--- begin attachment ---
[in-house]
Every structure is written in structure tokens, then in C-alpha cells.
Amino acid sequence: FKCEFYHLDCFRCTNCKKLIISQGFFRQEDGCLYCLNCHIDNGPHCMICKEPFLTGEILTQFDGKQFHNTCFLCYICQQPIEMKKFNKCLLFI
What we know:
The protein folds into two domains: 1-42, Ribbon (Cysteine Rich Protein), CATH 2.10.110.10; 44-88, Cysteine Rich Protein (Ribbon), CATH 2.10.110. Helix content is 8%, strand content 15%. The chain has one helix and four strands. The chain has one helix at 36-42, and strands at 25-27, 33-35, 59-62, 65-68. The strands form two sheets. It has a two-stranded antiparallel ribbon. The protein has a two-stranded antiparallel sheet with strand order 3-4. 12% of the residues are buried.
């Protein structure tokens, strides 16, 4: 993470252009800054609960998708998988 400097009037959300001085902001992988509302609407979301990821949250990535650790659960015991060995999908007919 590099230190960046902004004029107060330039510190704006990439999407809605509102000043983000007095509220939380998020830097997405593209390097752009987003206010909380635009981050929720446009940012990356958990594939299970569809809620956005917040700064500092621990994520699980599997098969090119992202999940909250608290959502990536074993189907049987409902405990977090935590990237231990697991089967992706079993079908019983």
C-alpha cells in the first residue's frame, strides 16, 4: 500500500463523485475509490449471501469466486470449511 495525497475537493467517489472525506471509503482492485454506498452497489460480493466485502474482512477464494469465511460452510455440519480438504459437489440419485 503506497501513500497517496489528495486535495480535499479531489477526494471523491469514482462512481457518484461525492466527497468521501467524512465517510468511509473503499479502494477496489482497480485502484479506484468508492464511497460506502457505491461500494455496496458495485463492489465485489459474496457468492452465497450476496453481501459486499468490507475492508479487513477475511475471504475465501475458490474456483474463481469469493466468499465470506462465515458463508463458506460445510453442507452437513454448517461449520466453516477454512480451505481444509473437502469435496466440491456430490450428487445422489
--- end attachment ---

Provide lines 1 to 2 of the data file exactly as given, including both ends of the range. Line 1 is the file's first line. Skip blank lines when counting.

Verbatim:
[in-house]
Every structure is written in structure tokens, then in C-alpha cells.